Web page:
Scott Morrison’s political flip flopping on superannuation is leaving his own side struggling to keep up.
Witness backbencher Senator Andrew Bragg, who told a conference last week “we don’t tell super funds what to invest in. If people want to do that, they can go to Argentina”.
Treasurer Josh Frydenberg should brush up on his Spanish.
Telling super funds what to invest in is precisely what the government’s latest superannuation legislation is all about.
The government’s Your Future, Your Super bill would give the Treasurer the power to cancel any super fund investment at the stroke of a pen.
Senator Bragg is correct.
It is an extraordinary power, more reminiscent of a South American dictatorship than a functioning market economy.
The Shining Path the government is now walking down creates a dangerous precedent.
It should send a shiver through the spines not just of super fund trustees, but every executive in every boardroom.
Today, Australia’s $3 trillion retirement savings pool; tomorrow, who knows what?
Even the Greens think it’s going too far.
Perhaps Senator Bragg assumed a Liberal Prime Minister would have to be out of his mind to propose such a thing.
If that is the case, he has badly misjudged Scott Morrison as a leader attached to conviction and principles.
He must now ask himself the following question: If Scott Morrison can’t even abide the basic tenets of market capitalism, what does he stand for?
Of course, Senator Bragg could have saved himself the embarrassment his unwitting slapdown of his leader by reading the YFYS bill.
He is, after all, a former finance industry lobbyist who presents himself as informed on the latest legislative developments.
Those who have read the bill don’t like it.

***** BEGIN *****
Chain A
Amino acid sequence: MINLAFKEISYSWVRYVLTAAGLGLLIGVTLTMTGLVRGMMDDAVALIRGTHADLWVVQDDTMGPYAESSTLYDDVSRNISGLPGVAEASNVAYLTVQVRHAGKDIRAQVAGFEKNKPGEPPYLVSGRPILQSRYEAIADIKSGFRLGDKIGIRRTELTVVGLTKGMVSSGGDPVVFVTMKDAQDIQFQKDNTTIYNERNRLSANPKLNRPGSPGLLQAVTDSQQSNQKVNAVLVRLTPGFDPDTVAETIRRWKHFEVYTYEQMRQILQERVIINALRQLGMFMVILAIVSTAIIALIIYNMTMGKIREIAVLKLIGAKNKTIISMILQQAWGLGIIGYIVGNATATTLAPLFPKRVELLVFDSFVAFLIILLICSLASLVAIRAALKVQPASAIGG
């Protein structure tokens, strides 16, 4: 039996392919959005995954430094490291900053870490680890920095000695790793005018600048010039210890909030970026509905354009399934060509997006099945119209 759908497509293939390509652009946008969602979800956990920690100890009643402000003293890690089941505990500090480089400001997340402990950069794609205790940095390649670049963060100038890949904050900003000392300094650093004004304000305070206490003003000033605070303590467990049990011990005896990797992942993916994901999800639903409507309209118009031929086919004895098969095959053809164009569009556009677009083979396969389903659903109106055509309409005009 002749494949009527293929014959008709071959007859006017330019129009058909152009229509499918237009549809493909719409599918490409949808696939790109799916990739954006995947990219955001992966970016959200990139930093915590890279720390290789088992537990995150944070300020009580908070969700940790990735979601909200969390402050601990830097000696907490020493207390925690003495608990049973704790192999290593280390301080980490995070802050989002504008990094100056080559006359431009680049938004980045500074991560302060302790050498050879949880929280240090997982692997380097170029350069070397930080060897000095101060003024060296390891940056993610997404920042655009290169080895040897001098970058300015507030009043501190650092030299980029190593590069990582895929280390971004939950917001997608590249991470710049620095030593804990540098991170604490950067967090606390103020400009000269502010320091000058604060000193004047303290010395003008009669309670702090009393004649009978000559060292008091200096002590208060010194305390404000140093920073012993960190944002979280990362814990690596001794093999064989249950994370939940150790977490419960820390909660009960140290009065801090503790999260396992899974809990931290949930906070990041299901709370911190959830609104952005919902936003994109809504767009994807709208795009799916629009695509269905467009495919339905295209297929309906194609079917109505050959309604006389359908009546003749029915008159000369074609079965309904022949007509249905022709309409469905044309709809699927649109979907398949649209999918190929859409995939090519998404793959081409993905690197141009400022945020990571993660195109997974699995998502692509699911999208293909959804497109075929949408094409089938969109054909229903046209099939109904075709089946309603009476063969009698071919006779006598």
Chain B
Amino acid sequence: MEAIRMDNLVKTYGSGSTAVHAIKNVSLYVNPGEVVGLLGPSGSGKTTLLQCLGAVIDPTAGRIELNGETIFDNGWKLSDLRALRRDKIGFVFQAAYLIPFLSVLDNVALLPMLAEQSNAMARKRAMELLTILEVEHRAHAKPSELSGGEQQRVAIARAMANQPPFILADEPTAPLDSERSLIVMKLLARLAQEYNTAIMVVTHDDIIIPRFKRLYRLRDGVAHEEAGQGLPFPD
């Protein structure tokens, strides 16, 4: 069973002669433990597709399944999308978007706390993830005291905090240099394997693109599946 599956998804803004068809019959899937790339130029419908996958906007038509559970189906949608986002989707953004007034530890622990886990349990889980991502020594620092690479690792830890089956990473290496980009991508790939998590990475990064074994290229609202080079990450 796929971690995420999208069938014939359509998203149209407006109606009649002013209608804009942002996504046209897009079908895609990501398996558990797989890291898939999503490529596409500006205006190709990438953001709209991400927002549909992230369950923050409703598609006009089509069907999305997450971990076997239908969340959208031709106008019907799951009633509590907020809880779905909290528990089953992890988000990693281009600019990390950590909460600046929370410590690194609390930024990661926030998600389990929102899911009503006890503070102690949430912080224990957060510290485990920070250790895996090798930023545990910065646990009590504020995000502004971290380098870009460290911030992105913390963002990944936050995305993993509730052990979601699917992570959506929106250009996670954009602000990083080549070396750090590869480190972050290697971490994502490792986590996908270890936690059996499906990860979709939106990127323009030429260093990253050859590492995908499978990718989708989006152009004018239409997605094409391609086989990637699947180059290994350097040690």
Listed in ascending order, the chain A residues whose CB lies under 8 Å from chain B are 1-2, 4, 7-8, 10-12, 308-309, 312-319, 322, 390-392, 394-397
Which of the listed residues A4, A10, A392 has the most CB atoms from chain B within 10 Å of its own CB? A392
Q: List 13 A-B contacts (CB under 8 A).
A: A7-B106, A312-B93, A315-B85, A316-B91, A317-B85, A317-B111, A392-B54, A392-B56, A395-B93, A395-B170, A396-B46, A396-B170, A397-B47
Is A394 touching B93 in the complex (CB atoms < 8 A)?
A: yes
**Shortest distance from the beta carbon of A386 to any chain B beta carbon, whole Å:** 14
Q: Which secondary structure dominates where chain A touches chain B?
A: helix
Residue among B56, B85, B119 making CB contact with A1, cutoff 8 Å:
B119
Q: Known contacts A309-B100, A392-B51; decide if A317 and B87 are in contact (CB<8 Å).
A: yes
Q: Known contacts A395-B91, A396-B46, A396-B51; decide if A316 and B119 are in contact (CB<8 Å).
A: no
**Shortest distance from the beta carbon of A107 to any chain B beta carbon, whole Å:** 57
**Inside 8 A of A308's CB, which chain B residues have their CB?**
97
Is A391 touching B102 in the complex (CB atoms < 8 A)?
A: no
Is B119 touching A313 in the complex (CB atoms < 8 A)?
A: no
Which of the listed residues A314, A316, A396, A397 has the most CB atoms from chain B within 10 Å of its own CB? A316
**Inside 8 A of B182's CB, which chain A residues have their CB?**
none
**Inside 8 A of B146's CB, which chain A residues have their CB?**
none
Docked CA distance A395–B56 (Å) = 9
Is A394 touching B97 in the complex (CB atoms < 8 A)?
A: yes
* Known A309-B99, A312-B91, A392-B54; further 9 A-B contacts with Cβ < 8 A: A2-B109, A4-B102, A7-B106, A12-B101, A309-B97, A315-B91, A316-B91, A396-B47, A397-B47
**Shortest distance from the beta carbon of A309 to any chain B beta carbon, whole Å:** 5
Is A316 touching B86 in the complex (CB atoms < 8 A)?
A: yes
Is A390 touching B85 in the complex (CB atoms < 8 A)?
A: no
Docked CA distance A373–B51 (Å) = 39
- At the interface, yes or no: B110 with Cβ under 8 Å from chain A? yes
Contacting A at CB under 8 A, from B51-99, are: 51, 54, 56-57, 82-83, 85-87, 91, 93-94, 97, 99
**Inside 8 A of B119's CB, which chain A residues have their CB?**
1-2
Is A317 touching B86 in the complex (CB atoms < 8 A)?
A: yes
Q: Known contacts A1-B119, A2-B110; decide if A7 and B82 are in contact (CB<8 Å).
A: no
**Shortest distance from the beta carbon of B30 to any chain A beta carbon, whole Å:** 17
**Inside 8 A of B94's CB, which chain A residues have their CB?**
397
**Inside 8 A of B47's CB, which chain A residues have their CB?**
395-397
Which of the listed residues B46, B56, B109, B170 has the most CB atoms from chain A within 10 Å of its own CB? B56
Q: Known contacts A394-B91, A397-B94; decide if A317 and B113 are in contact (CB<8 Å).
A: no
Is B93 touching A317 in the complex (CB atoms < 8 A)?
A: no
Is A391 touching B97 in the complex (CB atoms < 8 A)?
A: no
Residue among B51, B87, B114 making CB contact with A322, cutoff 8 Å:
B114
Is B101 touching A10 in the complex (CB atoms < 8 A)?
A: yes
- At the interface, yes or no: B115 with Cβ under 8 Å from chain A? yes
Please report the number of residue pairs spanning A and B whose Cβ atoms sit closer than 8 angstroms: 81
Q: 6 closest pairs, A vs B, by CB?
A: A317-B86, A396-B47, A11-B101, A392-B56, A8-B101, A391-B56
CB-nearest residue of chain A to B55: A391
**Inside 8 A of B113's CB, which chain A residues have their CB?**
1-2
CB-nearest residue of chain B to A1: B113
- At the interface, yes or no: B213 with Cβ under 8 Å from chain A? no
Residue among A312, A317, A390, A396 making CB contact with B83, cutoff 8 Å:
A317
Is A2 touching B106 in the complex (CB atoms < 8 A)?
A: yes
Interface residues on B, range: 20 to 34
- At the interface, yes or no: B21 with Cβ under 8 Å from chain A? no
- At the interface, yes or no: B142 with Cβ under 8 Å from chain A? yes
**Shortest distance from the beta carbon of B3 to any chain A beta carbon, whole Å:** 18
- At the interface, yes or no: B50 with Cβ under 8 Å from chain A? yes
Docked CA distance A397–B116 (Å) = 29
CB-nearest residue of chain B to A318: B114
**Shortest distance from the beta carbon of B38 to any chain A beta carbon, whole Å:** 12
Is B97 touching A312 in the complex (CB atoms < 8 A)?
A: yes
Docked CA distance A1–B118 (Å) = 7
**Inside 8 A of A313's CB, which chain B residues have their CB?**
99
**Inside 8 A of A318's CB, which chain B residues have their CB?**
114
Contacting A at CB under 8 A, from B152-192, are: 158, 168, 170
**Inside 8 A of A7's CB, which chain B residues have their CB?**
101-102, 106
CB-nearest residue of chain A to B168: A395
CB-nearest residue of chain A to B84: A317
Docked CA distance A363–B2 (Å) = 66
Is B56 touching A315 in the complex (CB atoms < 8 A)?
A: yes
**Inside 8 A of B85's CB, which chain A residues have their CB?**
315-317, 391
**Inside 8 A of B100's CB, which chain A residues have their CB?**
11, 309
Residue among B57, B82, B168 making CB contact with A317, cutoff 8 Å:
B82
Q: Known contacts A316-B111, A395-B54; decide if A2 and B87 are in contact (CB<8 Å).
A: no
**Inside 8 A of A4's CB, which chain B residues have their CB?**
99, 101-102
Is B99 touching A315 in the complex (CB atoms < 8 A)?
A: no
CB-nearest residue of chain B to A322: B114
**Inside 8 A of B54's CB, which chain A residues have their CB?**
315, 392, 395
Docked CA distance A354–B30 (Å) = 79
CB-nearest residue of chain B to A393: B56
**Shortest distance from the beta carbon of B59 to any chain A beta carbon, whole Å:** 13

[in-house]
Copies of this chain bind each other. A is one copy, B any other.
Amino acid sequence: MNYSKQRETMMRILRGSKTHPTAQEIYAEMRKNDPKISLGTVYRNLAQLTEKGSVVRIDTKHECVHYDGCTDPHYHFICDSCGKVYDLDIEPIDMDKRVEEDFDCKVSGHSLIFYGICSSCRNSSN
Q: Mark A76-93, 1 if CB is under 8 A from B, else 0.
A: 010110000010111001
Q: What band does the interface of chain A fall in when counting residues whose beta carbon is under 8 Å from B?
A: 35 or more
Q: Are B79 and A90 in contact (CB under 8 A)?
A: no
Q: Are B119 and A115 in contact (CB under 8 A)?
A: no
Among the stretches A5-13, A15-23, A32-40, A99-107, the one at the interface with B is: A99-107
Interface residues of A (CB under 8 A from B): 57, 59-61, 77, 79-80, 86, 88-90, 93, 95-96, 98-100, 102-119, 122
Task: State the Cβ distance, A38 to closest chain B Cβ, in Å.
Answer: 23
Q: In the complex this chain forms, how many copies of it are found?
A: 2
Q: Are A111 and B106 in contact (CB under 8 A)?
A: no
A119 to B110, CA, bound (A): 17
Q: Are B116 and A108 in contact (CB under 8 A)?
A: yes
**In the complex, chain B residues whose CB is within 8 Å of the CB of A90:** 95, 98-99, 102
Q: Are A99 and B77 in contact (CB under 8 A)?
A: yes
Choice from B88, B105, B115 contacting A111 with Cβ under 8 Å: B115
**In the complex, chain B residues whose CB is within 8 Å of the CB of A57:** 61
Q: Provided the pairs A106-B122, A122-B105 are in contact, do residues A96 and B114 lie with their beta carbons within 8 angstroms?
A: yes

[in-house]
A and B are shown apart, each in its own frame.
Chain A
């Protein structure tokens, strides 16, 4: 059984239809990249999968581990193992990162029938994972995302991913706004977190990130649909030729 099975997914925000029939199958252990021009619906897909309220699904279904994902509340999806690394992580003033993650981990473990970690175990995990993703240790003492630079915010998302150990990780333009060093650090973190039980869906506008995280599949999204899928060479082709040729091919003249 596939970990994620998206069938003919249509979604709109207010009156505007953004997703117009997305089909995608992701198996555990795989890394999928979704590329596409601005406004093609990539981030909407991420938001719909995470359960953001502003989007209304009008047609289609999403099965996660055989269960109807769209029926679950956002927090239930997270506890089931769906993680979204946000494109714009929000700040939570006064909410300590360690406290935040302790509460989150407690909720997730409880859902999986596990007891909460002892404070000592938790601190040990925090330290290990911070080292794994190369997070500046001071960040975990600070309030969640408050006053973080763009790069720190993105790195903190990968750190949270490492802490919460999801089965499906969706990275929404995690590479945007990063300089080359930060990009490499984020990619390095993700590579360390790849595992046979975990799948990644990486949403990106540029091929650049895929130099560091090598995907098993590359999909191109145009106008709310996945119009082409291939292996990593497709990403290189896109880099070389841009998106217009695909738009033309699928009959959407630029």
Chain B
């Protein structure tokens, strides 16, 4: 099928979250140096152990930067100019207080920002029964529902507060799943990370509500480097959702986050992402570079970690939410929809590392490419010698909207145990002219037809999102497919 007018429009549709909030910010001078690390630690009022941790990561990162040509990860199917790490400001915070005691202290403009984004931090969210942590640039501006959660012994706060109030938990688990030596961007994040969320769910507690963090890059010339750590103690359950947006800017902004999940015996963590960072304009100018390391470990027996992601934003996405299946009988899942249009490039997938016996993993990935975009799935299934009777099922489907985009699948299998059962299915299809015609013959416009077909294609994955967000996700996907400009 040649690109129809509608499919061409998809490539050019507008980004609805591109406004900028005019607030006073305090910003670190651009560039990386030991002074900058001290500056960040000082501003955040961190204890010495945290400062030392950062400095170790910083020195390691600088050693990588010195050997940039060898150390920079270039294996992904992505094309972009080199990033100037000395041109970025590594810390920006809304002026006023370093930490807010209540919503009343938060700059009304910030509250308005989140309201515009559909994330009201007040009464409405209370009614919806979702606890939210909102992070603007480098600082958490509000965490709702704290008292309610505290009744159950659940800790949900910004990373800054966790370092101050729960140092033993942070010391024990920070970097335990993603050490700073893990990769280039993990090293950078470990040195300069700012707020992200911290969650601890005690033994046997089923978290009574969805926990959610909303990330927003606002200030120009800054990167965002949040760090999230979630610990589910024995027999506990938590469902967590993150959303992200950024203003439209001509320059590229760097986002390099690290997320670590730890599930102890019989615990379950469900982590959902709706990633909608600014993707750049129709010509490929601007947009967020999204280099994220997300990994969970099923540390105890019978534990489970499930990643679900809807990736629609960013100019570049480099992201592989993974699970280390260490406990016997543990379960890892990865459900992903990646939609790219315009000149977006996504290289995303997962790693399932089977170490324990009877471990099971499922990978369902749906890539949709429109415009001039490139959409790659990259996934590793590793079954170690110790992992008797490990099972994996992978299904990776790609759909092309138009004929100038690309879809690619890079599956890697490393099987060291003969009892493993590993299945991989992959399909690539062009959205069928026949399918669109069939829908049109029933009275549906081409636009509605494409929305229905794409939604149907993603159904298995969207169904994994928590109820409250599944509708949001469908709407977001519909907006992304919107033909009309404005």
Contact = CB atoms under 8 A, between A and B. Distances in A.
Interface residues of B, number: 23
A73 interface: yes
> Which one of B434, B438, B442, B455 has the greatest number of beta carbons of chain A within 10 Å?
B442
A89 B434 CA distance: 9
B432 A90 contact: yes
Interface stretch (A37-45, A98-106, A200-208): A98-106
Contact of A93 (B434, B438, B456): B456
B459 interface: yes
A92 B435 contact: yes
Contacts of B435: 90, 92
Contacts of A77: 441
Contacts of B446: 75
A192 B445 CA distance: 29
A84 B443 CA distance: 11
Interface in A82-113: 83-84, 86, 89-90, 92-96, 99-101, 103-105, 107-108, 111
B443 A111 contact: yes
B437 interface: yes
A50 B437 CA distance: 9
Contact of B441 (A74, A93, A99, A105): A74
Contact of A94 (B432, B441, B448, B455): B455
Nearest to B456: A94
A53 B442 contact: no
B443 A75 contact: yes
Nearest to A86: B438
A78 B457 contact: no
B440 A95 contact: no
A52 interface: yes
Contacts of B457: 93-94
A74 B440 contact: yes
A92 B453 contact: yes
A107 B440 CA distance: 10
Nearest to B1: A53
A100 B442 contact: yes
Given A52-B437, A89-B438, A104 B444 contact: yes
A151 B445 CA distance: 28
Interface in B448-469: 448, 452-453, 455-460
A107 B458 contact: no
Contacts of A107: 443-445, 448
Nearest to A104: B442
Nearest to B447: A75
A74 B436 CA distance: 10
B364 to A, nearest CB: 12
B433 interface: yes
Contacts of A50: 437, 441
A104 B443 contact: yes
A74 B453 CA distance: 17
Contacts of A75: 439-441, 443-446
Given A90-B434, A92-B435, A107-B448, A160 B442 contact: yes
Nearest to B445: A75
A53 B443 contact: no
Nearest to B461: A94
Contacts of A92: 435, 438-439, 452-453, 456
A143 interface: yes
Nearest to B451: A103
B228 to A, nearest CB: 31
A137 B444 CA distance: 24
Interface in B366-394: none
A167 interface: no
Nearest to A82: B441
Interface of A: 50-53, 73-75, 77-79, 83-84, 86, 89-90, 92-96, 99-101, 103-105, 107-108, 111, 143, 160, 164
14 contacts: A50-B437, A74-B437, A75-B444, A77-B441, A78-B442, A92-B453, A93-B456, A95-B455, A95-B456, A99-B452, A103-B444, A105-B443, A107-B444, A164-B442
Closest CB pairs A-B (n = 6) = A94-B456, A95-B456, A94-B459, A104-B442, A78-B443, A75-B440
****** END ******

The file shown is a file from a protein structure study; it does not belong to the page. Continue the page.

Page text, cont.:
Former Liberal, now independent, Craig Kelly says he will vote against it because “several provisions of the bill are contrary to Liberal Party values”.
Another former Coalition MP who now sits on the cross bench, Bob Katter, says: “I will have great difficulty voting for a proposal where the Treasurer can veto investments by superannuation companies.”
The investment kill switch is not the only problem with this bill.
Many on the Senate and house crossbenches, including Mr Kelly and Mr Katter, share Labor concerns about “stapling” provisions.
Everyone agrees that workers being in multiple funds is a bad thing, and everyone wants to fix it.
But you don’t do that by putting workers in poorly performing funds for life.
You do it by fixing fund performance first so that when workers are put into a single fund it’s one that will deliver them strong returns.
This again is a simple matter of basic market fundamentals: the magic of compound interest and the efficient allocation of scarce capital.
To be clear, Labor wants to support this bill.
We want super funds to deliver better returns for members so they have a better retirement.
We call on the government to bring forward legislation that genuinely achieves those aims.
Stephen Jones is Labor’s shadow minister for superannuation
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